By Sarah Schrock
An incredible mix of pirates, Lost Boys, sea urchins, runners in spandex and exotic costumes made of old Barbie dolls and food waste converged in Twisp for a jam-packed weekend. Twisp was host to three of my most favorite events in the valley for an impressive display of art and sport.
In The Merc Playouse’s version of “Peter Pan,” as the second of Tom Zbyszewski Children’s Theater performances, the magical world of childhood comes to life through the eyes and hearts of 26 children. Perhaps it was little Olive Frady whose grin kept sneaking out of what supposed to be menacing snarl as she attempted her mean face as Skylight the pirate, or Malloch DeSalvo’s stoic face as he concentrated on dance moves as Michael, the comic relief of Kenny Hussey as the disco crocodile, or Grace Gonzales’ well-polished cackle as Captain Hook. And Wyatt Albright as Mrs. Darling! Can she really only be 12? Amazing what makeup and stage lights can do.
Whatever the charm that each performer brought to stage, the uplifting performance offered humor, suspense and wonderment as they all stole the hearts of the audience and hooked us. Forty rehearsals, dance moves, special effects and music, and sea urchins in place of Indians in Neverland — the creativity was endless down to each detail. Don’t miss the chance to see the hard work and dedication these kids and crew have put into the last four performances running Thursday through Sunday this weekend!
Saturday, hundreds of feet came racing through the hills to rest at the Doran Ranch at the finish line of Sunflower Relay/Marathon. If you have never seen the finish line of this event tucked away at the far end of Burgar Street neighborhood and off the beaten path, it’s a sight to behold. The event brings hundreds of runners from around the region to partake in what is arguably one of the most beautiful running races in the state. With the balsamroot in full display, 60-degree weather, and a cool wind, the day was perfect for the run.
Meanwhile, tucked in another corner of town not far from the finish line, friends of Christina Stout and Nate Bacon gathered at their Twisp River property for a work party to erect a Native American pit house. The family lives on their property with their young children Wendell, 4, and Suzannah, 9, who happens to a sea urchin in “Peter Pan” this week. They were inspired by the pit house at the Methow Valley Interpretive Center and a desire to inhabit an earthen shelter, or in the words of Christina, “Nate and I really like the idea of living in a clay pot.”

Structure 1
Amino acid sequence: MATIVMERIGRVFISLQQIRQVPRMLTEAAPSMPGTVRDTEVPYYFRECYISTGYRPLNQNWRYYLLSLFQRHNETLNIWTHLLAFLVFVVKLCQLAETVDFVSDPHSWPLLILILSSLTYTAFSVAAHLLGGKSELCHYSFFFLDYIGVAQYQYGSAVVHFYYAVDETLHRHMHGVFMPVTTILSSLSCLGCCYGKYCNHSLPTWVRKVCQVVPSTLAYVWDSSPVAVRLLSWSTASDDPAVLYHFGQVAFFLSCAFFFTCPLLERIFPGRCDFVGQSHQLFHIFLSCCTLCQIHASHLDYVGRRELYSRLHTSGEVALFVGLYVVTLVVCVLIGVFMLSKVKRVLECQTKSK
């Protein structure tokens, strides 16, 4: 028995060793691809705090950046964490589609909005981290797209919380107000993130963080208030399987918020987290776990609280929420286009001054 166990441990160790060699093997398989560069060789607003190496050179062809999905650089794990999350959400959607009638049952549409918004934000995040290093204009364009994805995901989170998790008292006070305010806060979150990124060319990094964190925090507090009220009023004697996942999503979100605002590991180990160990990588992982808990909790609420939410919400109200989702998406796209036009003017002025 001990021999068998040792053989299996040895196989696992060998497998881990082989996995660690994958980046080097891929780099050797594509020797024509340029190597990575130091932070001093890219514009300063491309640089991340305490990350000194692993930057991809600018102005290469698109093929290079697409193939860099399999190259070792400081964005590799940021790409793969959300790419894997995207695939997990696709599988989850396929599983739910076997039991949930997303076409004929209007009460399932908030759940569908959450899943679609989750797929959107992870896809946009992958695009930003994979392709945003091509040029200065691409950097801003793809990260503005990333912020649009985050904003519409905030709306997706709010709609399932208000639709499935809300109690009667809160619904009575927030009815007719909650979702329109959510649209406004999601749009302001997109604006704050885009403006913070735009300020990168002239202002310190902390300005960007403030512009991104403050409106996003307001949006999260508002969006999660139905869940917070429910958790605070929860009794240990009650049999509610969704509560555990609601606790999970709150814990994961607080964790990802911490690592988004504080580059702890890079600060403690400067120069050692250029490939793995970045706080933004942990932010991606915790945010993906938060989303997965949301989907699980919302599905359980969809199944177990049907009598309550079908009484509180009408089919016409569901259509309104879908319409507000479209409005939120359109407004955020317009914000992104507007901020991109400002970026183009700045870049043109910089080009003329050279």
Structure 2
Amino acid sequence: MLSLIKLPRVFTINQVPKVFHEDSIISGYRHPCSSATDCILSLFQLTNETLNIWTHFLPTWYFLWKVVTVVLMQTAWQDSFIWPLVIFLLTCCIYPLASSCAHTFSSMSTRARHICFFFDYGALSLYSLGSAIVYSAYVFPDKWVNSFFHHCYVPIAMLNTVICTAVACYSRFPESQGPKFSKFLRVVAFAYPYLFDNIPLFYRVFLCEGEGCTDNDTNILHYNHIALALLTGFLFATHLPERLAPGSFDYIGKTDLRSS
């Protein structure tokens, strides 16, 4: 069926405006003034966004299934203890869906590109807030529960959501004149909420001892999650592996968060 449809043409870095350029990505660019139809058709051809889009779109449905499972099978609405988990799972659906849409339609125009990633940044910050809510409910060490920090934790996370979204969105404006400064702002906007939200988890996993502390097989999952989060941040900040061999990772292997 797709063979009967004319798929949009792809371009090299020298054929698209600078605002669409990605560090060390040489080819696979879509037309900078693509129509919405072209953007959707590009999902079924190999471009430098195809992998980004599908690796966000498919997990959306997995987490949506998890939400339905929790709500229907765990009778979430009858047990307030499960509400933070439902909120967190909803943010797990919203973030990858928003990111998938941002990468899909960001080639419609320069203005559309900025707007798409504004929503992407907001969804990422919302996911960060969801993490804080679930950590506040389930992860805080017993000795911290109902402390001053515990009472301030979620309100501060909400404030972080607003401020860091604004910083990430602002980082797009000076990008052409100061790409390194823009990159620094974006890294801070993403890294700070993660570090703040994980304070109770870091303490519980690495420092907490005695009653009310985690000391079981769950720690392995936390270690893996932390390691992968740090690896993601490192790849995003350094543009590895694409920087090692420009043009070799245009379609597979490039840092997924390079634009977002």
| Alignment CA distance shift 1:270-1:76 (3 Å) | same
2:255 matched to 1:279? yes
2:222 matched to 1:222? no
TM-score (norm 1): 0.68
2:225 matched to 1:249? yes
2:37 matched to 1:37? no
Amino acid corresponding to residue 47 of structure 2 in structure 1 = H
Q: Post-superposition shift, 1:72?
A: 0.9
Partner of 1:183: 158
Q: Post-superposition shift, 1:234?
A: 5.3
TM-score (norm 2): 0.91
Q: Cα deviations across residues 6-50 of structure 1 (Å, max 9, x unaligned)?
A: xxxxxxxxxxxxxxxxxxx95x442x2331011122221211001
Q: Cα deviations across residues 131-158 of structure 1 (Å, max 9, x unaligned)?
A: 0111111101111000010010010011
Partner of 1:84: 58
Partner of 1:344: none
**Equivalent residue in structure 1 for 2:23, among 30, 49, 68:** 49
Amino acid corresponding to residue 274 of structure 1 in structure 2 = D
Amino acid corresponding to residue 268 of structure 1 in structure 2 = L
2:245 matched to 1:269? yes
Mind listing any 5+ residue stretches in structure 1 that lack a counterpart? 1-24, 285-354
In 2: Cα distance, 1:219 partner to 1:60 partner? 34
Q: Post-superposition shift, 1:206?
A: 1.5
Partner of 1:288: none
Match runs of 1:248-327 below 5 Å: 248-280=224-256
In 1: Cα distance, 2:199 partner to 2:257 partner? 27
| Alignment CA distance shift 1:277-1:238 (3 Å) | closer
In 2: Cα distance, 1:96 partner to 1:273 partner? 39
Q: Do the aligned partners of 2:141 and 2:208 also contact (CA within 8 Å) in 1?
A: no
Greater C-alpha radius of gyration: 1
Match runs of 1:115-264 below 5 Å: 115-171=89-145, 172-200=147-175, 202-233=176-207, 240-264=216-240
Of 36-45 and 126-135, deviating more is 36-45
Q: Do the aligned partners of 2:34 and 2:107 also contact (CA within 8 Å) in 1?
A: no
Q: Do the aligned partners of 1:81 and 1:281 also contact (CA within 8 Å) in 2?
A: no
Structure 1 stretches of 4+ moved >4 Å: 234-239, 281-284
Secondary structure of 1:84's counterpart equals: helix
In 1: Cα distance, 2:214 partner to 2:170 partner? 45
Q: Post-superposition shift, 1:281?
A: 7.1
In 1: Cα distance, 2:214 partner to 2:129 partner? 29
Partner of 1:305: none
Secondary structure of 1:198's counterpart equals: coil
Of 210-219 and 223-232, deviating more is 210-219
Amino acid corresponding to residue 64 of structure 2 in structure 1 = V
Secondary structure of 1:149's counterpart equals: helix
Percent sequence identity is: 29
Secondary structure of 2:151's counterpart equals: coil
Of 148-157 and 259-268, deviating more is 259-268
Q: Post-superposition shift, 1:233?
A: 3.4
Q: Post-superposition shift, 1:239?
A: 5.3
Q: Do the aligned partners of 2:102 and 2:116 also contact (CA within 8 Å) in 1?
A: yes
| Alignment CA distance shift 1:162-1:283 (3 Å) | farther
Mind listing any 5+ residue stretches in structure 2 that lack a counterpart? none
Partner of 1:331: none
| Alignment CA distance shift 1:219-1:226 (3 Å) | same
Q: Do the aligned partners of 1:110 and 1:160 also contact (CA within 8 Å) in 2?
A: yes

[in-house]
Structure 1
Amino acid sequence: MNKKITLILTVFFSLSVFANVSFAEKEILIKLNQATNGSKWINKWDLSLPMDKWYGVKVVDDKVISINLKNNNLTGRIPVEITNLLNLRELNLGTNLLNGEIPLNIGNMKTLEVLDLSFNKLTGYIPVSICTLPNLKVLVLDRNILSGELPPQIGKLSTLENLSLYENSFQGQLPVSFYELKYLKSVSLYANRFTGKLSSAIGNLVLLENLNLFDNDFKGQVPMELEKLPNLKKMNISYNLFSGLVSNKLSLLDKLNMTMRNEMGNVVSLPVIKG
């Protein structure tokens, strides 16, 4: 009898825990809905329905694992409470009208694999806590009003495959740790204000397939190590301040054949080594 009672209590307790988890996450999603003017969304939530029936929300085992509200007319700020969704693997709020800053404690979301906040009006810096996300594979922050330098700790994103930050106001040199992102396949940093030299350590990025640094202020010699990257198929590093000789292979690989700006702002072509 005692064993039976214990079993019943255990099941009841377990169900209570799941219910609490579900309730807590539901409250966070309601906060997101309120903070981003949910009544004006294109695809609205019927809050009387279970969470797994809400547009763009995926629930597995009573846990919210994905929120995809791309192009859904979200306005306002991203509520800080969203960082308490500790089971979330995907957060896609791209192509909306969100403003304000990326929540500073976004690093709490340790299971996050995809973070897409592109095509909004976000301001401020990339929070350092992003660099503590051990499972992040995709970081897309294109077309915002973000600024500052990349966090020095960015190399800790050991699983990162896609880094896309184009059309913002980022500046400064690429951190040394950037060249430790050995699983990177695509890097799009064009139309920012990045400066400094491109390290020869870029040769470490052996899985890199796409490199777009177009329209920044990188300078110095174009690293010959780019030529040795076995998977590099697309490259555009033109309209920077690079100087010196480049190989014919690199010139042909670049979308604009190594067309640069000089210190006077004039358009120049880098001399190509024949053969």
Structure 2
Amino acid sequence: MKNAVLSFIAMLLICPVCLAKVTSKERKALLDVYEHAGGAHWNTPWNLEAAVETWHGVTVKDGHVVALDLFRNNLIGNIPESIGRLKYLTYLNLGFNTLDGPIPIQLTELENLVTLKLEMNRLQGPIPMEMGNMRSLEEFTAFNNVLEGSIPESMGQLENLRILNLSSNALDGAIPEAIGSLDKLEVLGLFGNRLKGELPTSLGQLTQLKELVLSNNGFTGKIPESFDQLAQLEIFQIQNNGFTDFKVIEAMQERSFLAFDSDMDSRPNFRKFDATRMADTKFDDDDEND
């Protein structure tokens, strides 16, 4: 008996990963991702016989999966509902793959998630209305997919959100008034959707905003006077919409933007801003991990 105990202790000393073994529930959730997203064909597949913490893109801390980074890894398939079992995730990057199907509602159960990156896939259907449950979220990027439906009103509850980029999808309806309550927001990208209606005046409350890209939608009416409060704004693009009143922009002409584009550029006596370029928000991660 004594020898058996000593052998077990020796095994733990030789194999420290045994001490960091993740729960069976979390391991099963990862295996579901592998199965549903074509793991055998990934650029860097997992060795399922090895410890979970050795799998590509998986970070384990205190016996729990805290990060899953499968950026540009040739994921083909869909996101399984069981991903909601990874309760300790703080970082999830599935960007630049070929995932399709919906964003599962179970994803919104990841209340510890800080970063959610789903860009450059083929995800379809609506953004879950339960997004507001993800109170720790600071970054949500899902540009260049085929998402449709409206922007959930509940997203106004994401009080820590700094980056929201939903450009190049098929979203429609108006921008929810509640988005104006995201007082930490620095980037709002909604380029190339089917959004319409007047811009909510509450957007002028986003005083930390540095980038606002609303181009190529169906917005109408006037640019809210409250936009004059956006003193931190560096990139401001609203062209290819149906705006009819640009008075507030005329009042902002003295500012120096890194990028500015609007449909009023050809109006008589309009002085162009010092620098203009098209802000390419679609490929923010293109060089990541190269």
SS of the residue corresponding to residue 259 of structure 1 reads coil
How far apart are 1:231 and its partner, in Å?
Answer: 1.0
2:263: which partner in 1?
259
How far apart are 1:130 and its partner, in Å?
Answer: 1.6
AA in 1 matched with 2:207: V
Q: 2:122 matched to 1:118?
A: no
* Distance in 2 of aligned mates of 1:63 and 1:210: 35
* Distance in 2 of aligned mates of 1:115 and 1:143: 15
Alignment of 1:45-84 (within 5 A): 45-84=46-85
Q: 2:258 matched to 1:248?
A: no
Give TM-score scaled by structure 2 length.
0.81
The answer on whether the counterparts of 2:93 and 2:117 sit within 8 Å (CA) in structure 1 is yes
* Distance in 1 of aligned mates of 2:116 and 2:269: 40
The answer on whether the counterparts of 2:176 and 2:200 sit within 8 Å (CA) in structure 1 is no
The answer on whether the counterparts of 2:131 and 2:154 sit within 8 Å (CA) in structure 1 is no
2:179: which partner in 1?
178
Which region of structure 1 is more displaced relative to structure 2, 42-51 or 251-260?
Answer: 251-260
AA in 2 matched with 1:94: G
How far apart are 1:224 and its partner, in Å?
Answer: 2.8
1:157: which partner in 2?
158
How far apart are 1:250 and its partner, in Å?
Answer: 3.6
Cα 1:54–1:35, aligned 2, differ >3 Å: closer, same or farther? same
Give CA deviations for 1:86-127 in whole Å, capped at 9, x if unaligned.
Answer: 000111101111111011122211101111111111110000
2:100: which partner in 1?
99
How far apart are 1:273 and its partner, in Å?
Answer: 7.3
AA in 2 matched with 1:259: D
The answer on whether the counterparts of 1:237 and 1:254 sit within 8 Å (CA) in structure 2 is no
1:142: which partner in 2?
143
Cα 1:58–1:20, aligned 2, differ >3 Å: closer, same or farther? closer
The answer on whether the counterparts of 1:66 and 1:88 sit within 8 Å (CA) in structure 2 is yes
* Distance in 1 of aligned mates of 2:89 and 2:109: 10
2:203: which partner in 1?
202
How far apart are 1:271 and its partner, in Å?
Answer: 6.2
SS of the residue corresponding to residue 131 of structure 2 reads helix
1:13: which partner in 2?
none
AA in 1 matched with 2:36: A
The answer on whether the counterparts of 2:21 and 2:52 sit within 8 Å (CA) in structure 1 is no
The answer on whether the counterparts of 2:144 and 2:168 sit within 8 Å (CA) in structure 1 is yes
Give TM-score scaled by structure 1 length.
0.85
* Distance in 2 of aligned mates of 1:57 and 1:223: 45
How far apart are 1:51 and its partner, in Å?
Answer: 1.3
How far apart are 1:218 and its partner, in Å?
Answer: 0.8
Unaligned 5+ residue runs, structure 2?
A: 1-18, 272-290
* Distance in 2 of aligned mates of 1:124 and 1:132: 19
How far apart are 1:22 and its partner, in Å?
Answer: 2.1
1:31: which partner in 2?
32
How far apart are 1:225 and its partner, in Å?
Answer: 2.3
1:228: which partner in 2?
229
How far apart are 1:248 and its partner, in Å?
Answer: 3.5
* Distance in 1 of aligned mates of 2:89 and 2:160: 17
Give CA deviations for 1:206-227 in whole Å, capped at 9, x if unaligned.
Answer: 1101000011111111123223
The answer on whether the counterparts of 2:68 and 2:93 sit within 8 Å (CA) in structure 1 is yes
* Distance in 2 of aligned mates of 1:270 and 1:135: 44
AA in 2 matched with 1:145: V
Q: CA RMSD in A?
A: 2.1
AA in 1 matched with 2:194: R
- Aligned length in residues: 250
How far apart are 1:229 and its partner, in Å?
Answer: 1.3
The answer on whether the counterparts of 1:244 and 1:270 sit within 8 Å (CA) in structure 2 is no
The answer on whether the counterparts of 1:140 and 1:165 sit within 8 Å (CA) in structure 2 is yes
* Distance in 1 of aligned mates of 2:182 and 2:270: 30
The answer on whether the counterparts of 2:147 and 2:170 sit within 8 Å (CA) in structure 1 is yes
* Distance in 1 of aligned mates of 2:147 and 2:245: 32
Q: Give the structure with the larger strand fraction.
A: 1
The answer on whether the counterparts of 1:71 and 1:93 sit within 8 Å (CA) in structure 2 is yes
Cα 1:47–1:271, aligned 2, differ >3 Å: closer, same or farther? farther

The Bacon family took advantage of some heavy equipment as part of a salmon restoration project on their property last year to dig out the base of the pit, which is earthen. The pit house is intended to be a communal place for sleeping, gathering and hosting friends. Friends at the work party set out to gather twigs for weaving seat walls while others stripped bark, pounded stakes, and wrapped burlap as a protective erosion barrier on the earthen walls. The process of building the structure is an honoring of the original inhabitants of the valley, and fulfills Nate and Christina’s vision of their property to have a place made of totally indigenous and natural materials that has a quality of impermanence, unlike their conventional home up the slope.
Natural and impermanent was the theme for one of the amazing outfits made of cabbage leaves, egg shells and orange peels worn by Cece Odell and designed by Autumn Jateff at this year’s Trashion show. The outfit of was one of many outrageously imaginative and wondrous creations, which included an ape-man beastly suit composed of old cassette tapes by Phoebe Hershenow and worn by her husband, Nick. A favorite at the show, the “Barbarian,” made of Barbie doll parts, trailed in the people’s choice voting a creation called the “Pack Rat,” born of old novelty jewelry — both designed by Hillary Ketcham Roseland. There are too many incredible outfits to list, but the event continues to push the envelope and each year I come away more impressed.